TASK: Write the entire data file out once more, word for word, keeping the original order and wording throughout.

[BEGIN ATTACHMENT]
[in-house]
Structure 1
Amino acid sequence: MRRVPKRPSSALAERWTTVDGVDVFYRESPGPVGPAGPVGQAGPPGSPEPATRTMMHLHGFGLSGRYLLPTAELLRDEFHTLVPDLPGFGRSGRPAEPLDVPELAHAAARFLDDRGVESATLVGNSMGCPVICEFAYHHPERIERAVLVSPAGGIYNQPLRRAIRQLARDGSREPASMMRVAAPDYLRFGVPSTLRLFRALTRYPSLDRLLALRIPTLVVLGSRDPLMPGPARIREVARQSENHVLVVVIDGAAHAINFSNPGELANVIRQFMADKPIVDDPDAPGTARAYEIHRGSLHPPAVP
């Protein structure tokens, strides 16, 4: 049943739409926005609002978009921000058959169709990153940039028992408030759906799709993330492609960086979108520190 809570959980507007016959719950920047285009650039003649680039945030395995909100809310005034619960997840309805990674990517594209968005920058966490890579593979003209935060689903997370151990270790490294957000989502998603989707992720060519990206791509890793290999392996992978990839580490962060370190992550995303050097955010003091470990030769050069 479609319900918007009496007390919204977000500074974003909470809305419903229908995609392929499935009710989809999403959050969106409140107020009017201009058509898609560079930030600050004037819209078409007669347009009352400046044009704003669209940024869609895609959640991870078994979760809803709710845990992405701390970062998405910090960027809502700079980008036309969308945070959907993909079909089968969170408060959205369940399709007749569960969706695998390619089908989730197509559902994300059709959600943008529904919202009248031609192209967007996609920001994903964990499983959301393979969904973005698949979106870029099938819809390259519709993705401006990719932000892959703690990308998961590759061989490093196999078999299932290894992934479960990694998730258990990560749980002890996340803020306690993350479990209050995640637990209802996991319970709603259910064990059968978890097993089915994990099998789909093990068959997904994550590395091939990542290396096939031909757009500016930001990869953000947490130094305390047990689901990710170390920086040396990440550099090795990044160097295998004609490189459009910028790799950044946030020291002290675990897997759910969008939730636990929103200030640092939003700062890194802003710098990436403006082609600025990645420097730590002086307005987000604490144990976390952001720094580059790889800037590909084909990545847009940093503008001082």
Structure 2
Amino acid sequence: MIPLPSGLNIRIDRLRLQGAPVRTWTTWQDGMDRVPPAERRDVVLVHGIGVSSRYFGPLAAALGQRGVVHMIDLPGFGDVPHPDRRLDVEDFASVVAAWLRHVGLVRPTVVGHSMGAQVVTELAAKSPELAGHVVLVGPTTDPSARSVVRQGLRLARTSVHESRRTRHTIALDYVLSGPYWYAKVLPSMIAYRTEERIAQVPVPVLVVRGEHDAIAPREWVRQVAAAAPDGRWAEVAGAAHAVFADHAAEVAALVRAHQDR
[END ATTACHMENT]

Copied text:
[in-house]
Structure 1
Amino acid sequence: MRRVPKRPSSALAERWTTVDGVDVFYRESPGPVGPAGPVGQAGPPGSPEPATRTMMHLHGFGLSGRYLLPTAELLRDEFHTLVPDLPGFGRSGRPAEPLDVPELAHAAARFLDDRGVESATLVGNSMGCPVICEFAYHHPERIERAVLVSPAGGIYNQPLRRAIRQLARDGSREPASMMRVAAPDYLRFGVPSTLRLFRALTRYPSLDRLLALRIPTLVVLGSRDPLMPGPARIREVARQSENHVLVVVIDGAAHAINFSNPGELANVIRQFMADKPIVDDPDAPGTARAYEIHRGSLHPPAVP
């Protein structure tokens, strides 16, 4: 049943739409926005609002978009921000058959169709990153940039028992408030759906799709993330492609960086979108520190 809570959980507007016959719950920047285009650039003649680039945030395995909100809310005034619960997840309805990674990517594209968005920058966490890579593979003209935060689903997370151990270790490294957000989502998603989707992720060519990206791509890793290999392996992978990839580490962060370190992550995303050097955010003091470990030769050069 479609319900918007009496007390919204977000500074974003909470809305419903229908995609392929499935009710989809999403959050969106409140107020009017201009058509898609560079930030600050004037819209078409007669347009009352400046044009704003669209940024869609895609959640991870078994979760809803709710845990992405701390970062998405910090960027809502700079980008036309969308945070959907993909079909089968969170408060959205369940399709007749569960969706695998390619089908989730197509559902994300059709959600943008529904919202009248031609192209967007996609920001994903964990499983959301393979969904973005698949979106870029099938819809390259519709993705401006990719932000892959703690990308998961590759061989490093196999078999299932290894992934479960990694998730258990990560749980002890996340803020306690993350479990209050995640637990209802996991319970709603259910064990059968978890097993089915994990099998789909093990068959997904994550590395091939990542290396096939031909757009500016930001990869953000947490130094305390047990689901990710170390920086040396990440550099090795990044160097295998004609490189459009910028790799950044946030020291002290675990897997759910969008939730636990929103200030640092939003700062890194802003710098990436403006082609600025990645420097730590002086307005987000604490144990976390952001720094580059790889800037590909084909990545847009940093503008001082």
Structure 2
Amino acid sequence: MIPLPSGLNIRIDRLRLQGAPVRTWTTWQDGMDRVPPAERRDVVLVHGIGVSSRYFGPLAAALGQRGVVHMIDLPGFGDVPHPDRRLDVEDFASVVAAWLRHVGLVRPTVVGHSMGAQVVTELAAKSPELAGHVVLVGPTTDPSARSVVRQGLRLARTSVHESRRTRHTIALDYVLSGPYWYAKVLPSMIAYRTEERIAQVPVPVLVVRGEHDAIAPREWVRQVAAAAPDGRWAEVAGAAHAVFADHAAEVAALVRAHQDR